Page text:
The tourism industry, a nascent economic powerhouse, is the latest to catch black economic empowerment (BEE) charter fever. It has given itself six months to draw up a BEE charter to ensure more blacks are brought into the industry. Fourteen mandarins have been appointed to lead the process.
“I know how much potential there is for tourism in this country. We’re not talking about fighting over the crumbs, we’re talking about baking a huge cake for us to share,” said Cheryl Carolus, the CEO of South African Tourism.
The tourism industry was one of the first to establish a “transformation strategy”, an initiative led by Tanya Abrahamse, the executive director of the Tourism Business Council. The charter will build on her work.
Speaking at the announcement of the BEE scorecard steering committee in Soweto on Tuesday, Carolus said the time of non-cooperation and squabbling to protect individuals’ business interests are over.
“We want tourism to put food on the table of a wide cross-section of the South African population.”
The steering committee has been tasked with recommending key targets and indicators to measure transformation in the tourism industry, which will become the BEE scorecard, a joint initiative between the Department of Environmental Affairs and Tourism and the Tourism Business Council of South Africa.
The Minister of Environmental Affairs and Tourism, Marthinus van Schalkwyk, said for too long there has been resistance to transformation in the industry.
“I sat down with them and I said you have a choice, either we legislate unilaterally, which I don’t think you want, or you come and sit with all the other role-players and work together,” said Van Schalkwyk.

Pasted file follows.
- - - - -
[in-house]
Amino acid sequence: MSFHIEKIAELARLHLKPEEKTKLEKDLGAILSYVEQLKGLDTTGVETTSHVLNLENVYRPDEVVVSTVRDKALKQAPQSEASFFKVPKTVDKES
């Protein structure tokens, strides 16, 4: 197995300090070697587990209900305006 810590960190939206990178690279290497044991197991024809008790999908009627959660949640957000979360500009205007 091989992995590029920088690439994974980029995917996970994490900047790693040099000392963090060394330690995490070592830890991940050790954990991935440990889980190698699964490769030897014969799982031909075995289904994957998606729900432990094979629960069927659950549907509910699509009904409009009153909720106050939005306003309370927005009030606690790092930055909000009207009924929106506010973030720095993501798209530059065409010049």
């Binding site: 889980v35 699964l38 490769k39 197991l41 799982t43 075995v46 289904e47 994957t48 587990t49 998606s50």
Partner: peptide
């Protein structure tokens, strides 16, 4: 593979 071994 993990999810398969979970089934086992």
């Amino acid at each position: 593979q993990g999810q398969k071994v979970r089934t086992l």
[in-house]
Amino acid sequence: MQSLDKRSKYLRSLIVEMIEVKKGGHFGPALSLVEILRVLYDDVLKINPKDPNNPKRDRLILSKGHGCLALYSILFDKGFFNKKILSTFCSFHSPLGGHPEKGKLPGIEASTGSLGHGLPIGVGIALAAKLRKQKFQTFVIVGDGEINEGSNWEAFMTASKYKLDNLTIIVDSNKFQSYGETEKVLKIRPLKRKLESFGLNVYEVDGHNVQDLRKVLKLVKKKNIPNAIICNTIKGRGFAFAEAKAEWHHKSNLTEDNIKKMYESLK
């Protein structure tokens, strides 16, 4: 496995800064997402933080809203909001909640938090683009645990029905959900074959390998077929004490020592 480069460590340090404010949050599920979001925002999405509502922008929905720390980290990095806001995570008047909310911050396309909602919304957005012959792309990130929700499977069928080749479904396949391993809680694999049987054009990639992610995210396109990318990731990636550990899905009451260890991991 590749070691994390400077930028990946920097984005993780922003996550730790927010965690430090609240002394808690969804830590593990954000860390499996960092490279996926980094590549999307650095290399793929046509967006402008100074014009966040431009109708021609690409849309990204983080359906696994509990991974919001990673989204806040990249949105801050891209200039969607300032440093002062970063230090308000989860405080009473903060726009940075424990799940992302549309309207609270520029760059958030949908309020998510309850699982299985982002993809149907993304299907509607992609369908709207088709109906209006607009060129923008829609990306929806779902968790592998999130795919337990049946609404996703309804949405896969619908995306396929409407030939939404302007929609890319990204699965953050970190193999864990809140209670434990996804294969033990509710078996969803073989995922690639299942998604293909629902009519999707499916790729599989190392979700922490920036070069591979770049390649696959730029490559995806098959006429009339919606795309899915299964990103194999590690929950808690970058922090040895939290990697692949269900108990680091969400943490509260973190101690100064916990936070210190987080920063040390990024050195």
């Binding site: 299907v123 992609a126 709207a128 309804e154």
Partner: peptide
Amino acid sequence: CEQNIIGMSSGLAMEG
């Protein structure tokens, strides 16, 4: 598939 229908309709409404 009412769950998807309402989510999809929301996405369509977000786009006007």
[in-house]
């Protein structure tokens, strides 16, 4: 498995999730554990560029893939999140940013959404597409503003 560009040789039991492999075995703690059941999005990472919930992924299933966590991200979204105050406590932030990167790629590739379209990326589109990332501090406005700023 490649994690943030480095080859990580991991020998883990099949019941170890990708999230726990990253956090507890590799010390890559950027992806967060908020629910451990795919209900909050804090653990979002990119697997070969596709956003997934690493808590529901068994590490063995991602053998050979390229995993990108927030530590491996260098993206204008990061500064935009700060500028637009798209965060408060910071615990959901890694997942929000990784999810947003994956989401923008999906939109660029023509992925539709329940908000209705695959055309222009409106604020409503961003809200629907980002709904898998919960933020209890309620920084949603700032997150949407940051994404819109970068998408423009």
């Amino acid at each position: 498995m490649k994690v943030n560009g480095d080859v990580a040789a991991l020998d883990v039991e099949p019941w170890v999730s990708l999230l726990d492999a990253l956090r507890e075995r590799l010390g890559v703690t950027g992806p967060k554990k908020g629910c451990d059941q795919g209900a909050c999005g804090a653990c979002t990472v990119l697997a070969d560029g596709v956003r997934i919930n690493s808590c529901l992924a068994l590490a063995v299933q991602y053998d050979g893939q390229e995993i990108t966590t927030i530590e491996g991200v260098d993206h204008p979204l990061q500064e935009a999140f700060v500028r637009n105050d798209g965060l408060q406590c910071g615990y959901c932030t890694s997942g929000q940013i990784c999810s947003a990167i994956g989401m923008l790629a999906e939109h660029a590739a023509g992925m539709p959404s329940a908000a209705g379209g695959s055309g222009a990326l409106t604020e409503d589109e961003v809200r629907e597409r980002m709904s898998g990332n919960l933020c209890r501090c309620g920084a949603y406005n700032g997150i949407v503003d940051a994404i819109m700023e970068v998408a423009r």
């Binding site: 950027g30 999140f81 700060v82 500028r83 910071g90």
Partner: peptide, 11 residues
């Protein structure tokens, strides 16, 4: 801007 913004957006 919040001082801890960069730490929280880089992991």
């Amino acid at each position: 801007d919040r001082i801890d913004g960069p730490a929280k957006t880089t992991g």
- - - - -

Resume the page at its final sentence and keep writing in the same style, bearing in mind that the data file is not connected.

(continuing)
“The steering committee has been given a very specific mandate that focuses on all dimensions of the tourism industry, including ownership, procurement, skills development, social development and employment equity.”
The environmental affairs and tourism department commissioned a study last year, which estimated that 6% of JSE Securities Exchange-listed tourism entities have BEE ownership. The management and control of these companies is on average 81% white male, 15% black male and 2% black women.
The committee, which is being chaired by Proudly South African chairperson Tim Modise, is to report to the minister by the end of the year.
“We have a very short time frame to deliver our results; I believe we will meet the deadline the minister has set for us,” said Modise.
Modise said the committee planned to consult with the tourist operators and to work with them to develop the BEE conditions.
“We must showcase to the rest of the world the opportunities that exist in South African tourism and it is also part of the national agenda that we create opportunities for all South African people to share as we grow this industry,” said Modise.
Van Schalkwyk said he had faith in the committee to produce the criteria for the report card against which transformation would be measured.
“If you look at … the kind of people we have on our steering committee, all of them … have a track record respected by the sector he or she is in,” said Van Schalkwyk.
Thabiso Thelai, CEO of the Don Group, said the BEE scorecard initiative made good business sense, but it would be a difficult process.
“We now have a minister who has decided that we have had enough conferences and strategic gatherings and has decided to pick transformation as a pillar of his term,” said Thelai.
Abrahamse said cooperation was the key to the success of the BEE scorecard. “It’s a two-sided agreement; we want a commitment from the industry that they are going to comply as well as support for the industry from the government.”
Tourism’s big BEE cheeses
The council is chaired by Tim Modise and is to report back to the Department of Environmental Affairs and Tourism by the end of the year. — Lloyd Gedye